Subject: Re: [boost] 1.58.1 bugfix release necessary?
From: Klaim - JoÃ«l Lamotte (mjklaim_at_[hidden])
Date: 2015-04-26 19:11:51
On Sun, Apr 26, 2015 at 7:58 PM, Robert Ramey <ramey_at_[hidden]> wrote:
> John Maddock-2 wrote
> > On 26/04/2015 14:38, Robert Ramey wrote:
> >> What is would be the difference between creating a bug fix release
> >> presumably
> >> called 1.58.1 and just expediting release 1.59 ?
> > A bugfix release is exactly that - bug fixes only, no new features or
> > new libraries.
> If we do that, then we'll have to create a new branch since there's already
> new stuff in master.
> Now we'll have to retest the "bug fix" release. And, we'll have to make
> that all the
> bug fixes get merged back into the master from from which the next release
> is going to be derived.
> Seems to me a lot of work when the same effort could be applied to the next
Iff the system currently used to manage master and develop branches can be
another branch, it could be easier than one might expect.
I don't know how it is implemented currently though (except that there is
some kind of bot doing stuffs depending on branches from submodules).
In the bugfix branch scenario:
There would be a new specific branch for the bugfix version, say
"bugfix/1.58.1" created in the root repository,
then each library author would decide if they have something to put in that
If yes, they would create the same branch for their library repository (as
they do for develop and master).
For fixes already commited in their develop/master branches, they would
"cherry-pick" commits into the bugfix branch where it's ok to do so,
or just duplicate bugfixes. Otherwise they would do specific bugfix
commitsfor for that specific release (for
example if it's a temporary workaround that will be changed in the
develop/master branch later).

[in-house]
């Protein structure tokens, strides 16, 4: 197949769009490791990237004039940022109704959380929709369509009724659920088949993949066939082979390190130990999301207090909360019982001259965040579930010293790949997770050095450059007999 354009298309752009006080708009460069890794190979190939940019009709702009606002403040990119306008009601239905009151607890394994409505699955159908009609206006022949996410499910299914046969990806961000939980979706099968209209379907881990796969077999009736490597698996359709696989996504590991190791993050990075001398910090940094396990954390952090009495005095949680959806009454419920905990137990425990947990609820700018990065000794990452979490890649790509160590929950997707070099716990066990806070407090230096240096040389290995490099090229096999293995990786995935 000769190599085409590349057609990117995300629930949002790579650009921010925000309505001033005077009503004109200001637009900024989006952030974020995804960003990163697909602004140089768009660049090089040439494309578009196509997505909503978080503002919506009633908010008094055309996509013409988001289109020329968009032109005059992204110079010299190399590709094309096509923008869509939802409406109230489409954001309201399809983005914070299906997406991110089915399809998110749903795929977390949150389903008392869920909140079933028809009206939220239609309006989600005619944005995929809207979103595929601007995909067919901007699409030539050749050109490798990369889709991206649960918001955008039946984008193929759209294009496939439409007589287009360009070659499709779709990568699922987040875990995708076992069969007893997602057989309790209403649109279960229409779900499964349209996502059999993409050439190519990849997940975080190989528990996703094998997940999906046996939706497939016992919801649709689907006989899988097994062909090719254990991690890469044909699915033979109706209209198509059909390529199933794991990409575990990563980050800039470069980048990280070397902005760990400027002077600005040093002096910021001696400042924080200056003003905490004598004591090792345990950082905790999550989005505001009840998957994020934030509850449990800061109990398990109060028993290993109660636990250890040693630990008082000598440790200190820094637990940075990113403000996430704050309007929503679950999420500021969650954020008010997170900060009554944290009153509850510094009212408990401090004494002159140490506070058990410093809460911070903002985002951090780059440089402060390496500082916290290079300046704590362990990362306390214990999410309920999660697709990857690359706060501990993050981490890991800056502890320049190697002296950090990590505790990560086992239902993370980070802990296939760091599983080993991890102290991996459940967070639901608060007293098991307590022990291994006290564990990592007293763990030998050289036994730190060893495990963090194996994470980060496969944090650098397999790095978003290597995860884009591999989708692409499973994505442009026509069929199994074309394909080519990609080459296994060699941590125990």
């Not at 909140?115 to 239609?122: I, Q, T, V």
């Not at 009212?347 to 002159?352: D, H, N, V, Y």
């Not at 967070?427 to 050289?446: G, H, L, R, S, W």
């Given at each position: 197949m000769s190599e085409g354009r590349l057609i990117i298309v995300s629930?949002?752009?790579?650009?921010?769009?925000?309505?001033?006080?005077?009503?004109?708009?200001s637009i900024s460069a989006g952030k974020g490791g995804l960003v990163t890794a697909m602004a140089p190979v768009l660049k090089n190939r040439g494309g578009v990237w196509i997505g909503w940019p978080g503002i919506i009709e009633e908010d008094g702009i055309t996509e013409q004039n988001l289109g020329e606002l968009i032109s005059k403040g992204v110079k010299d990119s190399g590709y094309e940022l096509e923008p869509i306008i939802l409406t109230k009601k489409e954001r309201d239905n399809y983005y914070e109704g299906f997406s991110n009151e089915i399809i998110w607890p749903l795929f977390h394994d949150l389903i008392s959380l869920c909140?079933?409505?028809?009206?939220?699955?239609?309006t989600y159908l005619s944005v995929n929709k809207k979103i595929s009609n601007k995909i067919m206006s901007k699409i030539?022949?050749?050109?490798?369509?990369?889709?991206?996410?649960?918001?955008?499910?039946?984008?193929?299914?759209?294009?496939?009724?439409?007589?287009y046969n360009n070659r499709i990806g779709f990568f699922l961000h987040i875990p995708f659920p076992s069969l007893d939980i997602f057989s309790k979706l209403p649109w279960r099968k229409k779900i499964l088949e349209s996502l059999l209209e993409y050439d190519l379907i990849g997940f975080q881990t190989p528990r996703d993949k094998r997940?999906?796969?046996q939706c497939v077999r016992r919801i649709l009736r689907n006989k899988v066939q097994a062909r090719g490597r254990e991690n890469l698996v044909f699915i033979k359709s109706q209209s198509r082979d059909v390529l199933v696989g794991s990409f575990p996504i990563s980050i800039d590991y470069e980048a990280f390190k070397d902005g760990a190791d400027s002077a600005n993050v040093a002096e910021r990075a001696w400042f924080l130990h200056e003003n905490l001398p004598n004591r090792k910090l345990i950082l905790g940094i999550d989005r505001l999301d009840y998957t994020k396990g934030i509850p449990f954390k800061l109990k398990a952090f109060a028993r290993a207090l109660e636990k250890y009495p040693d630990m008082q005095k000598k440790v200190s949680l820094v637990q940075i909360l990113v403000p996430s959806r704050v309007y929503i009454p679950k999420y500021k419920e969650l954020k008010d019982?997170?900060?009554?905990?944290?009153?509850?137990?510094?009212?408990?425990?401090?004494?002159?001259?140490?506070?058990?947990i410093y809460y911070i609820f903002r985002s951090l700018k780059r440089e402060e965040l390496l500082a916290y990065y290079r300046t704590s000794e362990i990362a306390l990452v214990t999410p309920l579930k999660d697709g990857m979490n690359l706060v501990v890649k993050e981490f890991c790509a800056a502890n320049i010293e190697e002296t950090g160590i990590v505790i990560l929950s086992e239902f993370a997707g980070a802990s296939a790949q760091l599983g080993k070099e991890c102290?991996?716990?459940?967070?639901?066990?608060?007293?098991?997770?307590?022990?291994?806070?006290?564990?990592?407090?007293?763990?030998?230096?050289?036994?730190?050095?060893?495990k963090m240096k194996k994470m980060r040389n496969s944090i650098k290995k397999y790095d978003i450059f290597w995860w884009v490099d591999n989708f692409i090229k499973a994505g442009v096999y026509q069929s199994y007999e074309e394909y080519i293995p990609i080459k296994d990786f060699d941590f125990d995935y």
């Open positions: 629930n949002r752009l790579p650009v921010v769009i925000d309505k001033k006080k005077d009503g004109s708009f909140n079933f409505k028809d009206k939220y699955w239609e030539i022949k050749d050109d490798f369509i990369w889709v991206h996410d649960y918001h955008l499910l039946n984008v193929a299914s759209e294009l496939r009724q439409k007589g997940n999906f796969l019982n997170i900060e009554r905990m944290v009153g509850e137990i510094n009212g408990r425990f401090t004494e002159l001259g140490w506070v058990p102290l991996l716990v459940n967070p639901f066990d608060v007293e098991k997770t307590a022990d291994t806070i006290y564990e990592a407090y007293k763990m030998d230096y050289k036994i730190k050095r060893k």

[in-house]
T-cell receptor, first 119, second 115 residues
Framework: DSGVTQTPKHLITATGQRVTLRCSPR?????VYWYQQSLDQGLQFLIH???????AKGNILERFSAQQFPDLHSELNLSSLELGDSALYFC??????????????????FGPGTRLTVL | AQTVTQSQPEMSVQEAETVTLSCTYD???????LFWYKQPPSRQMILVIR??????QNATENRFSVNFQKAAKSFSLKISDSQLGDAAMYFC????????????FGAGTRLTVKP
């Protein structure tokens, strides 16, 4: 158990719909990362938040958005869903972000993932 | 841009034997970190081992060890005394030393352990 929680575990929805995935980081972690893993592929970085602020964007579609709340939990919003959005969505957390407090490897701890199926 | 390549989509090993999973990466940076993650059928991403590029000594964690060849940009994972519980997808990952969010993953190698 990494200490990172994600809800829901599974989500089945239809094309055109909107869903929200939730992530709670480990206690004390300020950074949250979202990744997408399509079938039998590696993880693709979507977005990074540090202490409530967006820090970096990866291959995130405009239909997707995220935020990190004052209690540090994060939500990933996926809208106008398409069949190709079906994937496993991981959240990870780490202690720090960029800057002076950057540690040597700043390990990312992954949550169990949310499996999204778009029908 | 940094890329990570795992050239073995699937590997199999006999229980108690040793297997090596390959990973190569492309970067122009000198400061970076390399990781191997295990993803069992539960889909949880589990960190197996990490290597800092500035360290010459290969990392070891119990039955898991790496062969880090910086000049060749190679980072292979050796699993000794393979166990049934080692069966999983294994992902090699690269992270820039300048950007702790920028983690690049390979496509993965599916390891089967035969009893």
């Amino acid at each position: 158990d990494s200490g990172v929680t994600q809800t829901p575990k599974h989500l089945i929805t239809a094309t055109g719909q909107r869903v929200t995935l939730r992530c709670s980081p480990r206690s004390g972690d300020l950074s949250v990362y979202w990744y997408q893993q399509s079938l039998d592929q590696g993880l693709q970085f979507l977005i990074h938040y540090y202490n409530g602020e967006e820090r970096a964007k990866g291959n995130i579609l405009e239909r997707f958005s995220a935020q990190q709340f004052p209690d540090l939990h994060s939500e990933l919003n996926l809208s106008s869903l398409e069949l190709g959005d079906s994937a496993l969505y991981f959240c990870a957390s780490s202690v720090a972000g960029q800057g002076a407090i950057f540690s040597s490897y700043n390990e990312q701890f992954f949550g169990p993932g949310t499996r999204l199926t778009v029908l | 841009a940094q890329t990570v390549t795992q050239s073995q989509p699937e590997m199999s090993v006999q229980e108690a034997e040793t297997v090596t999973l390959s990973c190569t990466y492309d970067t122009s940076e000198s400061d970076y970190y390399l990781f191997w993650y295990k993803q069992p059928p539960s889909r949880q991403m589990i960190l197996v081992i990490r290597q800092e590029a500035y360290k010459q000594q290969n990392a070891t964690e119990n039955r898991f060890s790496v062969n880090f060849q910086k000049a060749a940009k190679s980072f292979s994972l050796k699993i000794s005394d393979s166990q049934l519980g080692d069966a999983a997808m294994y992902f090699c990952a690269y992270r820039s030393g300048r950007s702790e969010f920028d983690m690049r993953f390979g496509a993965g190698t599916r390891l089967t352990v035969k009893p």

When the release time is ready, the same process to release the master
branch would occur, but using the bugfix/1.58.1 branch
This is actually a pretty common pattern when using decentralized control
sources (it's more or less how gitflow works),
although most of the time it happen with only one repository, so the work
to allow this way of doing bugfix releases might
be more work if the release tools are not flexible enough (yet).
I don't know if it would be a problem in the case of boost to allow this
but it would be convenient for a lot of users
(including myself and the company I work for).
Because it would mean that there can be stable api release with only
bugfixes, instead of bugfixes releases
with potential additional api-breaking changes.
If library authors are not forced to provide bugfix releases but have a
chance to do it if they want (which is not the case currently)
and if it's not hard to setup (I don't have a clear idea about that),
it would certainly be a good thing.
> > If we go that route then we already have the beta for 1.58.1: it's
> > called 1.58.0. So we could allow low risk bugfixes for a limited time,
> > and then go straight to a release candidate.
> I'm not sure I understand that. But one thing we could do is leave the
> there for testing longer. Right now we put it out there and ask people to
> to install it and test it. I understand how they install it, but I'm not
> how they test it. We don't have a widely used/promoted procedure for
> testing one's
> release on one's own machine (do we?).
> Robert Ramey
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